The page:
Data acquisitionin a conventional radio environment
Linking acquisition and computer hardware creates a record of activity, transmission lengths and airtime used in a conventional radio system.
Data acquisition in an 800MHz trunking environment is an easy task that is built into the system controllers, but for those of us in a conventional radio system, it could be an almost impossible task. Justification data to add more conventional talk paths and more personnel takes a lot of work and, in some cases, is not practical because of the manpower and time involved.
I installed a computerized data acquisition system into the conventional radio network of the Palm Beach County Sheriff’s Office. This stand-alone system has many applications. It logs into a data file the push-to-talks, minimum and maximum lengths of the transmissions, and the total airtime used in both 15-minute and 60-minute intervals. This information is retrieved on a weekly basis and converted using Microsoft Excel spreadsheets to produce valuable data that is compared with computer-assisted dispatch-generated reports that show manpower statistics.
The acquisition hardware consists of a 486 PC running Windows 3.1 with a Keithley Metrabyte model 1202 16-port data acquisition module. The software was custom-written by Intech in Melbourne, FL, and consists of Visual Basic 4.0, combined with a custom graphical user interface and “Visual Test Extensions” VTX by Keithley Metrabyte. This package simplifies the process of data acquisition and custom report generation.
The tie points of the system required transitions from non-TTL levels to TTL levels for the module to accept. The high-voltage keying in the Motorola Centra-Com console in our application required the use of an opto-isolator and voltage pull-up resistors, which control an input channel on the data acquisition module. The voted bus line in the Motorola Spectra-TAC voter needed a voltage divider to bring the level down to +5V and 0V levels and then hooked to another input channel. These two applications were reproduced to sense five of our wide-area voice channels and our mobile data system. (See Fig. 1 on page 36.)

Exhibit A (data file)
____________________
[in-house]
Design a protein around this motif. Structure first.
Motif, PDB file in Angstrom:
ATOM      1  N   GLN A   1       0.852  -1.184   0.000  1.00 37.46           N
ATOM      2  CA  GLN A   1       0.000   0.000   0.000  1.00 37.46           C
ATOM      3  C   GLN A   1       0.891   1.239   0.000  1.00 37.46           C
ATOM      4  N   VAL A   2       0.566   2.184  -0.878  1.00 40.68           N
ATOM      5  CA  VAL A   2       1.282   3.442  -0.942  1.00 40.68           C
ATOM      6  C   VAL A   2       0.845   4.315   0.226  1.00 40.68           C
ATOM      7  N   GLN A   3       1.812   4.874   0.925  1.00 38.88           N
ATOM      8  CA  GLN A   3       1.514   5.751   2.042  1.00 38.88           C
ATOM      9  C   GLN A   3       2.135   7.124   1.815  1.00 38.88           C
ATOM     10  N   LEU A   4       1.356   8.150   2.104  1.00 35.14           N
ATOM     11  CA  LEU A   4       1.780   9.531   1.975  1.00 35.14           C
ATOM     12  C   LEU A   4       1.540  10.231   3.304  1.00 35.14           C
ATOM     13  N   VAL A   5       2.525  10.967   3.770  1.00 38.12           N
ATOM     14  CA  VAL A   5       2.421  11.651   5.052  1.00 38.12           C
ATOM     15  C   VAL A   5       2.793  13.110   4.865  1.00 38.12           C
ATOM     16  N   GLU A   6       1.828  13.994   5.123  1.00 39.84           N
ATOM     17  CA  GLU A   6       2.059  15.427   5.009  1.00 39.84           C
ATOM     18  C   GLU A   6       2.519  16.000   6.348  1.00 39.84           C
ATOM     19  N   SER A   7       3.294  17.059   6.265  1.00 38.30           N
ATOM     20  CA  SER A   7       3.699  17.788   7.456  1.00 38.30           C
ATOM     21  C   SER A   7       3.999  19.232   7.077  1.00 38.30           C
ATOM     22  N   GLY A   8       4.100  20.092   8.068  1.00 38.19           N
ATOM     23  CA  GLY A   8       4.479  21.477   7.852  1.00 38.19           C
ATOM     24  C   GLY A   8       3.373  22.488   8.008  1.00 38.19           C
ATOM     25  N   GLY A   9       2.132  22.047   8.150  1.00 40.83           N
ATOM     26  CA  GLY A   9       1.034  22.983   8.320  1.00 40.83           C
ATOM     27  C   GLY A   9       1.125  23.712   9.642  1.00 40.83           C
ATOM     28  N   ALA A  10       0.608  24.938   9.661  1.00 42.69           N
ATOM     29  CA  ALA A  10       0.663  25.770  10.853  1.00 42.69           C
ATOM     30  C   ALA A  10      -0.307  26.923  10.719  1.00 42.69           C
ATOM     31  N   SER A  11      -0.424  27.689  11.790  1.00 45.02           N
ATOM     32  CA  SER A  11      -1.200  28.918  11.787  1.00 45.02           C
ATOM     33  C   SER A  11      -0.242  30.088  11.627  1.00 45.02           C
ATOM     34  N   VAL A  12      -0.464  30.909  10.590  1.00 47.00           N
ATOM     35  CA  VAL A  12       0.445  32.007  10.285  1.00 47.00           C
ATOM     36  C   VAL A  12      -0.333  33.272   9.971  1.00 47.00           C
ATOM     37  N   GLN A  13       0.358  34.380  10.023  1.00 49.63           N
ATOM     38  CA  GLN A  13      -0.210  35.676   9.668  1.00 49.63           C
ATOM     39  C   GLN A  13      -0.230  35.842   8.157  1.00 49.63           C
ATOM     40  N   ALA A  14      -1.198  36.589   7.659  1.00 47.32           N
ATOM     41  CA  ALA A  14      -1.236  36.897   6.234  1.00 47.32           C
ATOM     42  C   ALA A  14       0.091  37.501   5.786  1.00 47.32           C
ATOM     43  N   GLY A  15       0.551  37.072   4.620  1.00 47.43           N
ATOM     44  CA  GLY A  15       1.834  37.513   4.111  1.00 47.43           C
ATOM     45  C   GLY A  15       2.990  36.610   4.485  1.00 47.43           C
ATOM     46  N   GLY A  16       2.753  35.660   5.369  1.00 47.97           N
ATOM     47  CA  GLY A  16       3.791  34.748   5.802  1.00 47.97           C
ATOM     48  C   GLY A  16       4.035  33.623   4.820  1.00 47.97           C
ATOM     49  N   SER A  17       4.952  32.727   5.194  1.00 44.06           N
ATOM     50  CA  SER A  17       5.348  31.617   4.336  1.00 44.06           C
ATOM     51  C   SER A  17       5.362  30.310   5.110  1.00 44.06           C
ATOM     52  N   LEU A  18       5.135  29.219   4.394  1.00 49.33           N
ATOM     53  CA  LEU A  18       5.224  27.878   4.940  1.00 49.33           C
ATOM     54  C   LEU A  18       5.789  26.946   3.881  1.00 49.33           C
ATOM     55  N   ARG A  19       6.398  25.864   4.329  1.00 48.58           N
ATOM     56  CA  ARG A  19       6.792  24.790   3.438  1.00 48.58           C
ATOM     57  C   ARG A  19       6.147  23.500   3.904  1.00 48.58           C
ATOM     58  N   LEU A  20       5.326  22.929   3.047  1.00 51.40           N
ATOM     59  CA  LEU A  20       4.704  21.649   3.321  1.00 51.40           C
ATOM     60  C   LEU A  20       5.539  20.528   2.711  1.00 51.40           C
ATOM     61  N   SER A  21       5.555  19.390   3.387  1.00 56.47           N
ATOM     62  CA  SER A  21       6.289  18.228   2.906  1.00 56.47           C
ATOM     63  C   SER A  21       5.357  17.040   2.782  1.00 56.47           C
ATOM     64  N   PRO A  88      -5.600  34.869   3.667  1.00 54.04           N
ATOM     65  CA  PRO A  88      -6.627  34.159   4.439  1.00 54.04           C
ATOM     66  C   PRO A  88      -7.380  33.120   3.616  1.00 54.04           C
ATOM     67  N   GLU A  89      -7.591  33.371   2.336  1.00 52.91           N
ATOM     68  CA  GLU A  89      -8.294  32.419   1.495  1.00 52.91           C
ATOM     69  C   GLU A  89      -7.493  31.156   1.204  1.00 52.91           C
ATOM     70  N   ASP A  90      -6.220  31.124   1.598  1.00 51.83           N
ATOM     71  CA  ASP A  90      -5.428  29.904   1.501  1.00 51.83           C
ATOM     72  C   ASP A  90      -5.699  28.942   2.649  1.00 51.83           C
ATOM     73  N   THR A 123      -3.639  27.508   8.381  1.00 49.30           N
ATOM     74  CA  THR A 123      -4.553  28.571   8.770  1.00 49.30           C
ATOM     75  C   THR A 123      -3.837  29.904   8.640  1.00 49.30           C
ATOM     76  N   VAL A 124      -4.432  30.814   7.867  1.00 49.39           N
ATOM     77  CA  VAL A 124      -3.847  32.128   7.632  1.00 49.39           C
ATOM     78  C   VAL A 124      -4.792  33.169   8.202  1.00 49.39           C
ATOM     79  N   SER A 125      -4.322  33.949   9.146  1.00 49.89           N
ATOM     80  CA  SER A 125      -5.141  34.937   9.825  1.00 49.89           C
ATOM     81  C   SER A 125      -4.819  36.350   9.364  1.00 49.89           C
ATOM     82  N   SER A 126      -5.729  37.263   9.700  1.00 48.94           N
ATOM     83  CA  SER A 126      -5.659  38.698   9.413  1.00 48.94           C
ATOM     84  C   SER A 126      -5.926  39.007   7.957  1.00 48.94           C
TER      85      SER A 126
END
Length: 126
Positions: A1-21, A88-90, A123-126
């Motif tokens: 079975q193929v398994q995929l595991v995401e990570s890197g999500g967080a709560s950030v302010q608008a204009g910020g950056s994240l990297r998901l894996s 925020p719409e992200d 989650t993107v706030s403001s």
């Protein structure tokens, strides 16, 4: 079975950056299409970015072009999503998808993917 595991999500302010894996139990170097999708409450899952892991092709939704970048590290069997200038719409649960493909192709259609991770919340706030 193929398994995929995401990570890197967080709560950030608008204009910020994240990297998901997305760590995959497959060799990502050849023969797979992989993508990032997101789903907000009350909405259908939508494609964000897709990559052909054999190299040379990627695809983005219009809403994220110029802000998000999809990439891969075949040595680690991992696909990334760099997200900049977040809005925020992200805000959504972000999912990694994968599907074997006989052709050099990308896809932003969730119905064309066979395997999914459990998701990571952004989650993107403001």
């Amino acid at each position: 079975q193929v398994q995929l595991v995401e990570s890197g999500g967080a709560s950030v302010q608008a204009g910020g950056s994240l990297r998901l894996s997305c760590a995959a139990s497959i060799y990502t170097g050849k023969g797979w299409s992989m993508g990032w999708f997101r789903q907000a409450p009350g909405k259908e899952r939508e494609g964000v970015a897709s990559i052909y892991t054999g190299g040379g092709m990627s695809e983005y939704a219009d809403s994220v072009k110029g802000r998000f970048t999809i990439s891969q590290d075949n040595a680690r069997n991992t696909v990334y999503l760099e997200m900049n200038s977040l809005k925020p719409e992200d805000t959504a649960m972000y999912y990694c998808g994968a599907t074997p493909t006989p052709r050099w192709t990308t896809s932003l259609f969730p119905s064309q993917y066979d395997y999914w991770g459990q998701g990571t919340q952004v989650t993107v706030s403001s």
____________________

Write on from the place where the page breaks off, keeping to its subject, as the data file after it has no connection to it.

Installation options of this unit are versatile, depending on the type of system. I chose not to use it as an off-the-air unit. There is the possibility that erroneous data would be collected because of repeater hang time of other co-channel users, and there is the inability to separate the dispatcher and voted data. However, this is always an option to the system manager.
Captured data as of this time have shown the activity to be, on average, 40% to 45% on a normal day and then increasing to 90% to 95% during periods of high activity or a large number of users on the system. (See Table 1 on page 38.)
The Palm Beach County Sheriff’s Office is a 36-site voted communication system spanning 2,200 square miles with seven wide-area repeaters in VHF and five local coverage systems. It is tied together by 12 hops of 6GHz microwave, five hops of 960MHz microwave and leased telephone circuits.
Filla is radio system manager for the Palm Beach County Sheriff’s office in Southeast Florida. He is GROL-licensed, amateur radio Extra class KS4VT and has an associate’s degree in electronics technology.